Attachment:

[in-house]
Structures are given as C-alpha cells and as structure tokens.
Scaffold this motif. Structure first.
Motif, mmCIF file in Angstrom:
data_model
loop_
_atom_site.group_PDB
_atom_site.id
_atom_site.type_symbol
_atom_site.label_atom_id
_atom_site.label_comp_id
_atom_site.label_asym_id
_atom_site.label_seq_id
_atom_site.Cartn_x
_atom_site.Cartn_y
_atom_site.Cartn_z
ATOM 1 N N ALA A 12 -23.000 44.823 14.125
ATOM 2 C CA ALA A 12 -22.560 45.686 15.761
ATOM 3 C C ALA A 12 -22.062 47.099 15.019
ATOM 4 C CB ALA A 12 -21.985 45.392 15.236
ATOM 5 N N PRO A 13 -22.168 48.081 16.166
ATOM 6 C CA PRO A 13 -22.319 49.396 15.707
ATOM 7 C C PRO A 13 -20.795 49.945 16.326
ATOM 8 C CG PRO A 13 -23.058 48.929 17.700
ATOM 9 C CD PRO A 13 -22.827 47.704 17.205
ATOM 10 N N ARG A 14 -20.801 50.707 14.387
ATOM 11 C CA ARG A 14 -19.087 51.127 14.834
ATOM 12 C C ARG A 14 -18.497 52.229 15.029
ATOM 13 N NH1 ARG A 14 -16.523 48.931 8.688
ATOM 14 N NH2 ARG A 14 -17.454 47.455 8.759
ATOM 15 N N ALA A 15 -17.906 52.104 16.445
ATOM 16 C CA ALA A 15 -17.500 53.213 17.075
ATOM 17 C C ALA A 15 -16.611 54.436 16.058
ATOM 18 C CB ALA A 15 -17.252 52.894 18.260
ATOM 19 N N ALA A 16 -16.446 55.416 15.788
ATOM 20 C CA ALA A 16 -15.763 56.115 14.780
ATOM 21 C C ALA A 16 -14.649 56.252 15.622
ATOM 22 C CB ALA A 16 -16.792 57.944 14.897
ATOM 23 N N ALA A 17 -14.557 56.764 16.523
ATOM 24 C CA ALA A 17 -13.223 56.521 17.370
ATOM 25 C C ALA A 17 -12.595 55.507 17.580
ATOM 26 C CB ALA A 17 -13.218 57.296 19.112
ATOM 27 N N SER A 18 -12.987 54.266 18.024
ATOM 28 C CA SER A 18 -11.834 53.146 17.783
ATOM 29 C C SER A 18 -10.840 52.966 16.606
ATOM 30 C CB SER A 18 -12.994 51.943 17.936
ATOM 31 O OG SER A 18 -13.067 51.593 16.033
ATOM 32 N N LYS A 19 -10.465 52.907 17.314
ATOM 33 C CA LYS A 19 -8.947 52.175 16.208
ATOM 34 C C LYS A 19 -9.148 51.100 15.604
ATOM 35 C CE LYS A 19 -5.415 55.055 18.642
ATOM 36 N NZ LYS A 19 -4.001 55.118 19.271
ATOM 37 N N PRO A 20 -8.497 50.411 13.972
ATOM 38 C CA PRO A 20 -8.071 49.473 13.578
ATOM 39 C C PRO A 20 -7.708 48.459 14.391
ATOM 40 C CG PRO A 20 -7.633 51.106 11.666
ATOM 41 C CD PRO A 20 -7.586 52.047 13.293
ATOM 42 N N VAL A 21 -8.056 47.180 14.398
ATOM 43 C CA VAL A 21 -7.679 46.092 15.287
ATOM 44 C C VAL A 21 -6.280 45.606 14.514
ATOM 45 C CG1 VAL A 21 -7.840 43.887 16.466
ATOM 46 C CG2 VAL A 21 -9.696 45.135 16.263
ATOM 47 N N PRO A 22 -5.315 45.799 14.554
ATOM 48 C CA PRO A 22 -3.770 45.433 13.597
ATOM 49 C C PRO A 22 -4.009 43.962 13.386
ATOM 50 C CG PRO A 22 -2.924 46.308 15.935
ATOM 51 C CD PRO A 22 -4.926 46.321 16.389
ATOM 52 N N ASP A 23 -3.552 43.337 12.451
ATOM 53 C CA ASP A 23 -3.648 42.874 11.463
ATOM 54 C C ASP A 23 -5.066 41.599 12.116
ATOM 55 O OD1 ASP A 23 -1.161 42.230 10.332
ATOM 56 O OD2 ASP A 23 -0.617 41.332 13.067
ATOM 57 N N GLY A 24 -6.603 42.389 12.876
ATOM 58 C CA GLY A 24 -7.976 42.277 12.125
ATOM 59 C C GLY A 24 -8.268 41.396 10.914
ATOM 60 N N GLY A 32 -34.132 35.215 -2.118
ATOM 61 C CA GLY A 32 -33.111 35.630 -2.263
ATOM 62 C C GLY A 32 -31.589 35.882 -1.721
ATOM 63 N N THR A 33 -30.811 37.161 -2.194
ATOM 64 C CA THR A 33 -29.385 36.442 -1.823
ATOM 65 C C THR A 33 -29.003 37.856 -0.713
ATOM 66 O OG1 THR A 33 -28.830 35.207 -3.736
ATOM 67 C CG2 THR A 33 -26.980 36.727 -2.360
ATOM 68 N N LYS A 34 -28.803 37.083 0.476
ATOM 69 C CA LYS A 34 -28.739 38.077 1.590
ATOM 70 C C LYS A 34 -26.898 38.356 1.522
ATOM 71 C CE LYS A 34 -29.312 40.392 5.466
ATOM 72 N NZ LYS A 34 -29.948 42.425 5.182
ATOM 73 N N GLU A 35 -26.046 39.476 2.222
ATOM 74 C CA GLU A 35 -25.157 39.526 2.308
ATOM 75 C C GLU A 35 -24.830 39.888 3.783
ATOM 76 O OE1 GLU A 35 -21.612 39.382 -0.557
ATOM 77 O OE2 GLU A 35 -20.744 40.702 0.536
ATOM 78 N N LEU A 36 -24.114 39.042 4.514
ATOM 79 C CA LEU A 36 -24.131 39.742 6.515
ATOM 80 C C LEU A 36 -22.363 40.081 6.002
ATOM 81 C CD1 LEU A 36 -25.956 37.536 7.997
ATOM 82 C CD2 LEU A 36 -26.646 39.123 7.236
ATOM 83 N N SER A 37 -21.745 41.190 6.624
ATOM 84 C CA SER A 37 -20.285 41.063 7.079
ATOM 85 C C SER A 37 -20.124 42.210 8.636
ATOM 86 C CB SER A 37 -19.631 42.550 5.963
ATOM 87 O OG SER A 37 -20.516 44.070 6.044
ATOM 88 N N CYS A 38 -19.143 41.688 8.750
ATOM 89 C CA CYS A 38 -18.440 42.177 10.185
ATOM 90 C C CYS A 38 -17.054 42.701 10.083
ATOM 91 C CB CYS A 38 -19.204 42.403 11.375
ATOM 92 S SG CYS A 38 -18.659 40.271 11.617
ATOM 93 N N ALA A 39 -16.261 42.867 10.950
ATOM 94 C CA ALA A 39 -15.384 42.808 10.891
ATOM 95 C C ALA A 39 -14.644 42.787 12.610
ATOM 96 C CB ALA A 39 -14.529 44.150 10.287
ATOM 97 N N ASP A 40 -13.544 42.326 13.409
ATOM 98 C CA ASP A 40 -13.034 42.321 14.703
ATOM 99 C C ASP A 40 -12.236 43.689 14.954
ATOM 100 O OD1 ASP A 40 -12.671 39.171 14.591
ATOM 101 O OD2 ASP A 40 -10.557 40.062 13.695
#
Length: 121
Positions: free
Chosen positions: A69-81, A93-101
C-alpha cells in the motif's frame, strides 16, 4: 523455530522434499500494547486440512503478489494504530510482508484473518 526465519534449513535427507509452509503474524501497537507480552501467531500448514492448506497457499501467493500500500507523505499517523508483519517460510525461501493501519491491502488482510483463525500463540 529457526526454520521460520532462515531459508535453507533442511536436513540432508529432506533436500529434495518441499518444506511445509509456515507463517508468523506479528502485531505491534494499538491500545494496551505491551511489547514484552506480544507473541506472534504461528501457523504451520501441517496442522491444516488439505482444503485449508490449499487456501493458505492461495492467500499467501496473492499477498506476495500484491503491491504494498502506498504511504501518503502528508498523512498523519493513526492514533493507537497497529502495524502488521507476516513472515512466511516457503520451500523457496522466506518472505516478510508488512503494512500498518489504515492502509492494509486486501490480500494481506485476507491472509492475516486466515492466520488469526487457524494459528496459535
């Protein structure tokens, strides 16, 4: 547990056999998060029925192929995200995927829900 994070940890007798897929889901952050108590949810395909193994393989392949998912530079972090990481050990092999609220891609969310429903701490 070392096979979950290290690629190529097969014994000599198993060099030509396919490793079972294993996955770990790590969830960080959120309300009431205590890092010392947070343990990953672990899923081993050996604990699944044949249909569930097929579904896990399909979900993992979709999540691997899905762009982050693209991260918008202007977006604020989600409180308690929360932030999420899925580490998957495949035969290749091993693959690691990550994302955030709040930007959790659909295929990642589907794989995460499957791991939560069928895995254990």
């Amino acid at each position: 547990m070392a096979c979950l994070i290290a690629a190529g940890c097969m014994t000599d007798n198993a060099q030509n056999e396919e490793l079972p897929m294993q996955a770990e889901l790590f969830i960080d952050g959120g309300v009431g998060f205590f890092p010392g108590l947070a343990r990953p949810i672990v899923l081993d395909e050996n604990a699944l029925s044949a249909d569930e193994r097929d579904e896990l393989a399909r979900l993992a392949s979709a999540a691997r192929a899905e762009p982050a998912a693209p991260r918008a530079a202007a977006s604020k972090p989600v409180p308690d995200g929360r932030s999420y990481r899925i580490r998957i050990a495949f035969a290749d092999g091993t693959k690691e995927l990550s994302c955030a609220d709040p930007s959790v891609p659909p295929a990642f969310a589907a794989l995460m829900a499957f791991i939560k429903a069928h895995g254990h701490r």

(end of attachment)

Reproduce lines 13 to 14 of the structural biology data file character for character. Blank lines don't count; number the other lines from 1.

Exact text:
_atom_site.label_seq_id
_atom_site.Cartn_x